Below is a video of the infant suck/swallow cycle with an ultrasound. They have over-laid images of the anatomy to help show what is happening. 

Putting This All Together

The first few days are essential for setting up a good breastfeeding journey. The hormone prolactin is released in response to suckling, and prolactin is what starts milk production[9]. For this reason, it is really important the newborn is fed often (ideally 3 hourly or more often). This will also protect against low blood sugar, excessive early weight loss and jaundice in the baby. Frequent feeding will also bring in mum’s milk more quickly.

Every woman will have different volumes of storage capacity; rates of milk production; sensitivity to a full breast; and times for milk let down to take effect. However, successful breastfeeding and milk production is mostly dependent on the baby suckling well and often and regulated by the baby’s appetite.[10] There cannot be a “one size fits all approach”. It is normal for a baby to feed between 8-12 times in 24 hours. Night feeding is normal and contributes to the 24-hour calorie need.[11] Each baby will feed for a unique length of time, which gets shorter as they get older. Some mothers will only need to offer one breast per feed whereas others will always need to offer both and most will have a mixed picture (some feeds the baby will only take one breast, and other feeds the baby will need both).[12]  To ensure appropriate ongoing milk production, it is essential the mother cues into her baby’s sucks and swallows. A baby sucking but not swallowing is not transferring milk. If she has a generous milk supply, advise the mother to really soften one breast before offering the second. If she has a lower supply, offering 4-6 breasts in a feed may be more appropriate. Switch to the other side when the baby is not swallowing often, or is sleepy at the breast. There is no benefit in extending the time between feeds as this can be detrimental to some breastfeeding pairs. Instead, mothers can offer the breast frequently and flexibly whenever the baby is cueing for it, rather than watching the clock. You cannot overfeed a breast fed baby. In essence, there is no “normal” pattern to breastfeeding as each mother-baby pair is so unique.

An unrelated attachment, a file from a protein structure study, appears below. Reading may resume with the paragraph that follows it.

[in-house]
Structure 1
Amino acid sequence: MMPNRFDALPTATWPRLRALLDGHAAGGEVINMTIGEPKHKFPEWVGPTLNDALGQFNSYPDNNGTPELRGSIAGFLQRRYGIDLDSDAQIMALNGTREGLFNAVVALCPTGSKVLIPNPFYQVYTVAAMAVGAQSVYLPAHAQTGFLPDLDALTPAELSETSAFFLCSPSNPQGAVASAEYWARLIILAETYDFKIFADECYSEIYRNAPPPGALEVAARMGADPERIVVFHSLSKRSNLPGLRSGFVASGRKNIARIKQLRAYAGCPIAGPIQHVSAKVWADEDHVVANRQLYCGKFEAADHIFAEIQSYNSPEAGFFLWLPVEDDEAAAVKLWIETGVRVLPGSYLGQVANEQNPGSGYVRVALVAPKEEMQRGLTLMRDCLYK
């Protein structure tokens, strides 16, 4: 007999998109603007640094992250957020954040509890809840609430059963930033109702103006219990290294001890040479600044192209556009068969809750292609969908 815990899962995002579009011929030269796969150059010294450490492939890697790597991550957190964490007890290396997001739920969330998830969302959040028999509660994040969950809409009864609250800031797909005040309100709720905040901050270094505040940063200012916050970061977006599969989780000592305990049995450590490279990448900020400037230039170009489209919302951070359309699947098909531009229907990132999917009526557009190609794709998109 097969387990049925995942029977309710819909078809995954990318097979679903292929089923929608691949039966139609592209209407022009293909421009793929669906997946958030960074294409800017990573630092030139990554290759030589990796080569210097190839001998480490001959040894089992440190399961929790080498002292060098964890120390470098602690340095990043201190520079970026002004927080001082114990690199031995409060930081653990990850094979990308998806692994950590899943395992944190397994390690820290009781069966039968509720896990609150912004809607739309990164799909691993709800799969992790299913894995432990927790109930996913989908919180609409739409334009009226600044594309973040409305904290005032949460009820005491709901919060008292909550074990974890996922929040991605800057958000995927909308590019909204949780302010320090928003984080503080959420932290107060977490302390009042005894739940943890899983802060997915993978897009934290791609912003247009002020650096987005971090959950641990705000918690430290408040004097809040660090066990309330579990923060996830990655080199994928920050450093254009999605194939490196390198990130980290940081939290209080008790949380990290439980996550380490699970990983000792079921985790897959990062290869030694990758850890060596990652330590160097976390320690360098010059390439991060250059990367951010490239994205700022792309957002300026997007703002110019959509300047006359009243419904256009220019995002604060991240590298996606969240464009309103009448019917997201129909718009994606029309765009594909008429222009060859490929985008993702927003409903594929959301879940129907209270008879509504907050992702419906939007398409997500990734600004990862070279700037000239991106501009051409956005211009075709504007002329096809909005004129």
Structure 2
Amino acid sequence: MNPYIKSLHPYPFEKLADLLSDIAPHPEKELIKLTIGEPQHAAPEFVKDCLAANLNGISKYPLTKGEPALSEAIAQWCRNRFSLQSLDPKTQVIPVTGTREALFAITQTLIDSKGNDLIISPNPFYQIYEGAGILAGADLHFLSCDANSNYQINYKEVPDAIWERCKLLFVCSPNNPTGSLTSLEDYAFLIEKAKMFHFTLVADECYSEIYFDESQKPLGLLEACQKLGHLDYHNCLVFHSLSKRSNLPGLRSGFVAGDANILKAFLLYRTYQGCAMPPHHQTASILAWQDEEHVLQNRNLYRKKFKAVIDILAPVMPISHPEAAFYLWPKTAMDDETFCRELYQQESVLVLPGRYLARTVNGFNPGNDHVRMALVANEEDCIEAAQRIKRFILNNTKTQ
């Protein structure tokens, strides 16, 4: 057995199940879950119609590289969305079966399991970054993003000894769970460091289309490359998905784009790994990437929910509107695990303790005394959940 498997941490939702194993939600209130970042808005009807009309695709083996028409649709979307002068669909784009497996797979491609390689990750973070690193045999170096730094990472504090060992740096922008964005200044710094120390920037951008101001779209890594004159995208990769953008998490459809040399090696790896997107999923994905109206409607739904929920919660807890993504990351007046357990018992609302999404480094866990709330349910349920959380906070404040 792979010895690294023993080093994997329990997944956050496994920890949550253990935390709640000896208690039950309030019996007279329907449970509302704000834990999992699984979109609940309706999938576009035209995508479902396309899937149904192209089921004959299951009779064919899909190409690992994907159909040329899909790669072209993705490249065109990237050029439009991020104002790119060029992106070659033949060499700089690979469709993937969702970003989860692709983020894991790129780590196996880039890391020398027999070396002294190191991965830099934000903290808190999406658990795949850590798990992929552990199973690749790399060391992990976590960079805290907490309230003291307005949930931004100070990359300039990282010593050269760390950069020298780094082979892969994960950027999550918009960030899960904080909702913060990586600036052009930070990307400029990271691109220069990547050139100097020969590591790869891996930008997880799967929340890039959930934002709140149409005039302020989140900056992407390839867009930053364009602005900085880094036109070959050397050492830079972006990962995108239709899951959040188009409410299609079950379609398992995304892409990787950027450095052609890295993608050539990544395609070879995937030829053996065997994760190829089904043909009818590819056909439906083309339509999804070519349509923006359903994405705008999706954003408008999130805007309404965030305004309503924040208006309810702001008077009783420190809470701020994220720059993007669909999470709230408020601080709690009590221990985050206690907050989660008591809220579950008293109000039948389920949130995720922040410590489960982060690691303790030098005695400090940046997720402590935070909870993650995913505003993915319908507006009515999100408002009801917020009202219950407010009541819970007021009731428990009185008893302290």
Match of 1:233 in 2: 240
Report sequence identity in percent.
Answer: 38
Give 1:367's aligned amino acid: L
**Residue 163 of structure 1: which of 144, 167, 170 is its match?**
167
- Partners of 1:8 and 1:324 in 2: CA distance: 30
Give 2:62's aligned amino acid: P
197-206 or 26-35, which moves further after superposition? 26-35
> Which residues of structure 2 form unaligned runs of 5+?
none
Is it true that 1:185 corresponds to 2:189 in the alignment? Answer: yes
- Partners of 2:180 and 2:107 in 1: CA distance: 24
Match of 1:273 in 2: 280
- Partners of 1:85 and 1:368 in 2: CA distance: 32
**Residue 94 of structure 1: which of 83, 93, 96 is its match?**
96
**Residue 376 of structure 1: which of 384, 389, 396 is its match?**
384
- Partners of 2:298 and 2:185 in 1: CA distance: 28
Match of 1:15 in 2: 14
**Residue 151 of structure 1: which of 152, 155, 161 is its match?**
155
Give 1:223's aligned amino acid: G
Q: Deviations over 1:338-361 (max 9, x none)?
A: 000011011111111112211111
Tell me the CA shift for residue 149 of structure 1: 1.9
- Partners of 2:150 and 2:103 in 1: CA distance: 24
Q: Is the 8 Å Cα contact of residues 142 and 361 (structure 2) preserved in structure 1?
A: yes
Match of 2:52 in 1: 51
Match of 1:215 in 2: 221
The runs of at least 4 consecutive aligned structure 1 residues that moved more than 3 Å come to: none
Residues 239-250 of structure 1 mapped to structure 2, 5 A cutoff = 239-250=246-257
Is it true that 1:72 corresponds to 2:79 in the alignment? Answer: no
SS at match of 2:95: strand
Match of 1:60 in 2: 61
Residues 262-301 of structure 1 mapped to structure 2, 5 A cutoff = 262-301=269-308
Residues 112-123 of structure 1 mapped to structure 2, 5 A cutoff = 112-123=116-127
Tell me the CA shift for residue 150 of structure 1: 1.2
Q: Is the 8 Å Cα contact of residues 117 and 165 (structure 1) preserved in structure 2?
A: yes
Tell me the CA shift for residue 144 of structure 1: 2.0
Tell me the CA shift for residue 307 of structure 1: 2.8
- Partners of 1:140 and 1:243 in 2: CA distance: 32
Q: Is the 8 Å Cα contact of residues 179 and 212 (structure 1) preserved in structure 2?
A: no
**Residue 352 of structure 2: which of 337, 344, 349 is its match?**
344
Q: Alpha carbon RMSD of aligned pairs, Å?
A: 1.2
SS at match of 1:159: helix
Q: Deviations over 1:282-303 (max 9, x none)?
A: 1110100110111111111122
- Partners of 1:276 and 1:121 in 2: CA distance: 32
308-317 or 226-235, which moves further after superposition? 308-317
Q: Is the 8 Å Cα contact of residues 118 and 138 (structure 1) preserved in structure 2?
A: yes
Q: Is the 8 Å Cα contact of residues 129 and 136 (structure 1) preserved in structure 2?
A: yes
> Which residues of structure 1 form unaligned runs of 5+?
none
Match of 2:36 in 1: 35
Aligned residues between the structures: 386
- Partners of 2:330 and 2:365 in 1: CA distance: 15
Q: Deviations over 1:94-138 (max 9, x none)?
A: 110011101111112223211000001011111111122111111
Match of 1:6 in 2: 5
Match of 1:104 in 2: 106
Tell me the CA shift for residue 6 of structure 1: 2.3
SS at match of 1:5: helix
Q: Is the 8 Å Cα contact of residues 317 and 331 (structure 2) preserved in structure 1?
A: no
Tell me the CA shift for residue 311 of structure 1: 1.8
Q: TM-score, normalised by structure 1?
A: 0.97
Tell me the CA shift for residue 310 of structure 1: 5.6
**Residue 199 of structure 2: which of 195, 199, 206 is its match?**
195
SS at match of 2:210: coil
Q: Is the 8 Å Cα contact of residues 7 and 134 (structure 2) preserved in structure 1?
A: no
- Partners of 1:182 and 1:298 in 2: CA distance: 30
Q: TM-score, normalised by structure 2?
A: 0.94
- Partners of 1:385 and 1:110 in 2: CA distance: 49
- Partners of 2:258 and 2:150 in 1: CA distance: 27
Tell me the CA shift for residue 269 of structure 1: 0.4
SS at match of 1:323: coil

-by Dr Briony Andrew

Click here to download a printable PDF of the text of this blog.

REFERENCES:

[1] DT Ramsay, JC Kent, RA Hartmann, PE Hartmann. “Anatomy of the lactating human breast redefined with ultrasound imaging.” J Anat. 2005 Jun; 206(6); 525-534

[2] Lawrence R & Lawrence R. “Breastfeeding: A Guide for the Medical Professional”. Eighth Edition. 2016 pg 352

[3] Andres N, Kampmann B, Mehring Le-Doare K. “Human breast milk: A review on its compostion and bioactivity”. Early Human Development 91 (2015) 629-635

[4] Kent J, Mitoulas L, Cregan M, Ramsay D, Doherty D, Hartmann P. “Volume and Frequency of Breastfeedings and Fat Content of Breast Milk Throughout the Day.” Pediatrics Vol 117, Number 3, March 2006. e387-e395

[5] Kent J, Hepworth A, Sherriff J, Cox D, Mitoulas L, Hartmann P. “Longitudinal Changes in Breastfeeding Patterns from 1 to 6 months of Lactation.” Breastfeeding Medicine. 2013 August, 8(4):401-407

[6] Ramsay D, Kent J, Hartmann R, Hartmann P. “Anatomy of the lactating human breast redefined with ultrasound imaging.” J Anat. 2005 Jun; 206(6); 525-534.

[7] Mills N et al. “Imaging the breastfeeding swallowing: Pilot study using real-time MRI”. Laryngoscope Investigative Otolaryngology. Vol 5, Issue 3, June 2020 pages 572-579.

[8] Doulgas P, Geddes D. “Practice-based interpretation of ultrasound studies leads the way to more effective clinical support and less pharmaceutical and surgical intervention for breastfeeding infants”. Midwifery 58 (2018) 145-155.

[9] Lawrence R, Lawrence R. “Breastfeeding: A guide for the Medical Profession”. Eighth edition. 2016. Pg 63-71.

[10] Ramsay D, Kent J, Hartmann R, Hartmann P. “Anatomy of the lactating human breast redefined with ultrasound imaging.” J Anat. 2005 Jun; 206(6); 525-534.

[11] Kent JC, Mitoulas LR, Cregan M, Ramsay DT, Doherty DA, Harmann PE. “Volume and frequency of breastfeedings and fat content of breast milk throughout the day”. Paediatrics. 2006 Mar; 117(3);e387-95.

[12] Kent JC, Mitoulas LR, Cregan M, Ramsay DT, Doherty DA, Harmann PE. “Volume and frequency of breastfeedings and fat content of breast milk throughout the day”. Paediatrics. 2006 Mar; 117(3);e387-95.